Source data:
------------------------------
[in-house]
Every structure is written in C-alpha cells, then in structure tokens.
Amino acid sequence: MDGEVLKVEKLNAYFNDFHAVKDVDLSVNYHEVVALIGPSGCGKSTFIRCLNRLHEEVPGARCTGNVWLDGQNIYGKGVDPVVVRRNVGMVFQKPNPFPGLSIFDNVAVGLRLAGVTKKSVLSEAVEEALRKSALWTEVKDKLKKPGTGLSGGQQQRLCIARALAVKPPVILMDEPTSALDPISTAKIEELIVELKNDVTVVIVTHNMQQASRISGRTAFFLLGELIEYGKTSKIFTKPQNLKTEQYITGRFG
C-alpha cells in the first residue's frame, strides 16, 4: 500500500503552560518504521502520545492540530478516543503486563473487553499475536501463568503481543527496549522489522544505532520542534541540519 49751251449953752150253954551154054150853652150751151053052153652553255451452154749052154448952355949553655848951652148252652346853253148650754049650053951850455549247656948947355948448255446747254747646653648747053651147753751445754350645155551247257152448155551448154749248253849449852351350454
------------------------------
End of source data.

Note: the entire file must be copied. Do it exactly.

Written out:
[in-house]
Every structure is written in C-alpha cells, then in structure tokens.
Amino acid sequence: MDGEVLKVEKLNAYFNDFHAVKDVDLSVNYHEVVALIGPSGCGKSTFIRCLNRLHEEVPGARCTGNVWLDGQNIYGKGVDPVVVRRNVGMVFQKPNPFPGLSIFDNVAVGLRLAGVTKKSVLSEAVEEALRKSALWTEVKDKLKKPGTGLSGGQQQRLCIARALAVKPPVILMDEPTSALDPISTAKIEELIVELKNDVTVVIVTHNMQQASRISGRTAFFLLGELIEYGKTSKIFTKPQNLKTEQYITGRFG
C-alpha cells in the first residue's frame, strides 16, 4: 500500500503552560518504521502520545492540530478516543503486563473487553499475536501463568503481543527496549522489522544505532520542534541540519 49751251449953752150253954551154054150853652150751151053052153652553255451452154749052154448952355949553655848951652148252652346853253148650754049650053951850455549247656948947355948448255446747254747646653648747053651147753751445754350645155551247257152448155551448154749248253849449852351350454